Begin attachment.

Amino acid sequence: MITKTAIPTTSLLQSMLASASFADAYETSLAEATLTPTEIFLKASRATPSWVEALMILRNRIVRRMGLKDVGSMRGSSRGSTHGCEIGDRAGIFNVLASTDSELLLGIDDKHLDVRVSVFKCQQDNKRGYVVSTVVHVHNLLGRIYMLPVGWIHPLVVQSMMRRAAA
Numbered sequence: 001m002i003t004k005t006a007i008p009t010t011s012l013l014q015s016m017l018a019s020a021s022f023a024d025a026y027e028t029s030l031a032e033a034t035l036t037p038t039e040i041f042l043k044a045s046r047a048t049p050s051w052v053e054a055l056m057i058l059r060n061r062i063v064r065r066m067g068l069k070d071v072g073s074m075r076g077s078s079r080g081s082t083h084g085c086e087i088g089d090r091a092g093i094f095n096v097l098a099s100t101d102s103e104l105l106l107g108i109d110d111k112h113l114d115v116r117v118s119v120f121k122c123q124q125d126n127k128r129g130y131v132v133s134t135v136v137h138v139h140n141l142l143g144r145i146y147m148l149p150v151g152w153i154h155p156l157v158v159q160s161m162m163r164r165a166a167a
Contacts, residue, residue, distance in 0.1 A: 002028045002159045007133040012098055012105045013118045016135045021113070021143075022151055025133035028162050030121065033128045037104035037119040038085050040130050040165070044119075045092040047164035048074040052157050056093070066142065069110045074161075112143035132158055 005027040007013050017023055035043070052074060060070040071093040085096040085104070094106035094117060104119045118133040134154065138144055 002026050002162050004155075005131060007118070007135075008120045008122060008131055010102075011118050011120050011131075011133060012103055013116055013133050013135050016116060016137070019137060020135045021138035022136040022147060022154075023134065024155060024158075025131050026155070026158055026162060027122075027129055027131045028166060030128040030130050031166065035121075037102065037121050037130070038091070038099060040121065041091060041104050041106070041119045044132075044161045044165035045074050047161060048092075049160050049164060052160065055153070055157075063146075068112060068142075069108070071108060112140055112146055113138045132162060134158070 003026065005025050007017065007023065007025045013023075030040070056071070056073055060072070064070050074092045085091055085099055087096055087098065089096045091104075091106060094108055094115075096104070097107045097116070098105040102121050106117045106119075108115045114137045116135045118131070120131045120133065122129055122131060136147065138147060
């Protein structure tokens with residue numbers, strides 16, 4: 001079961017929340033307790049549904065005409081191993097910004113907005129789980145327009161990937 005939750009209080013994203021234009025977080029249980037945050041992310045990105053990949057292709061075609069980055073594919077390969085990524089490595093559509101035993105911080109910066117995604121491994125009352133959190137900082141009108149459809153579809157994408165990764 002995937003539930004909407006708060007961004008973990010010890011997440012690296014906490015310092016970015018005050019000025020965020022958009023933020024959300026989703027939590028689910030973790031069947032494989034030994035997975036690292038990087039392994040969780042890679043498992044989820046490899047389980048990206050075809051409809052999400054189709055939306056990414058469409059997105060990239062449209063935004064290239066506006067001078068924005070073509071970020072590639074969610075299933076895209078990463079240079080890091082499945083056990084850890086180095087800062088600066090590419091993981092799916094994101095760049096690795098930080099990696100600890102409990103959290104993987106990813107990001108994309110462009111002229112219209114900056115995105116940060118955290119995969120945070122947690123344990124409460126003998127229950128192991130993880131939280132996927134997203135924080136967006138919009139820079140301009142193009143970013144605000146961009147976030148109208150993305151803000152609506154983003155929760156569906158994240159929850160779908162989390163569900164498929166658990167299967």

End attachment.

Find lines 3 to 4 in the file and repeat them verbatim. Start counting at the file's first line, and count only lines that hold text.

Contacts, residue, residue, distance in 0.1 A: 002028045002159045007133040012098055012105045013118045016135045021113070021143075022151055025133035028162050030121065033128045037104035037119040038085050040130050040165070044119075045092040047164035048074040052157050056093070066142065069110045074161075112143035132158055 005027040007013050017023055035043070052074060060070040071093040085096040085104070094106035094117060104119045118133040134154065138144055 002026050002162050004155075005131060007118070007135075008120045008122060008131055010102075011118050011120050011131075011133060012103055013116055013133050013135050016116060016137070019137060020135045021138035022136040022147060022154075023134065024155060024158075025131050026155070026158055026162060027122075027129055027131045028166060030128040030130050031166065035121075037102065037121050037130070038091070038099060040121065041091060041104050041106070041119045044132075044161045044165035045074050047161060048092075049160050049164060052160065055153070055157075063146075068112060068142075069108070071108060112140055112146055113138045132162060134158070 003026065005025050007017065007023065007025045013023075030040070056071070056073055060072070064070050074092045085091055085099055087096055087098065089096045091104075091106060094108055094115075096104070097107045097116070098105040102121050106117045106119075108115045114137045116135045118131070120131045120133065122129055122131060136147065138147060
């Protein structure tokens with residue numbers, strides 16, 4: 001079961017929340033307790049549904065005409081191993097910004113907005129789980145327009161990937 005939750009209080013994203021234009025977080029249980037945050041992310045990105053990949057292709061075609069980055073594919077390969085990524089490595093559509101035993105911080109910066117995604121491994125009352133959190137900082141009108149459809153579809157994408165990764 002995937003539930004909407006708060007961004008973990010010890011997440012690296014906490015310092016970015018005050019000025020965020022958009023933020024959300026989703027939590028689910030973790031069947032494989034030994035997975036690292038990087039392994040969780042890679043498992044989820046490899047389980048990206050075809051409809052999400054189709055939306056990414058469409059997105060990239062449209063935004064290239066506006067001078068924005070073509071970020072590639074969610075299933076895209078990463079240079080890091082499945083056990084850890086180095087800062088600066090590419091993981092799916094994101095760049096690795098930080099990696100600890102409990103959290104993987106990813107990001108994309110462009111002229112219209114900056115995105116940060118955290119995969120945070122947690123344990124409460126003998127229950128192991130993880131939280132996927134997203135924080136967006138919009139820079140301009142193009143970013144605000146961009147976030148109208150993305151803000152609506154983003155929760156569906158994240159929850160779908162989390163569900164498929166658990167299967």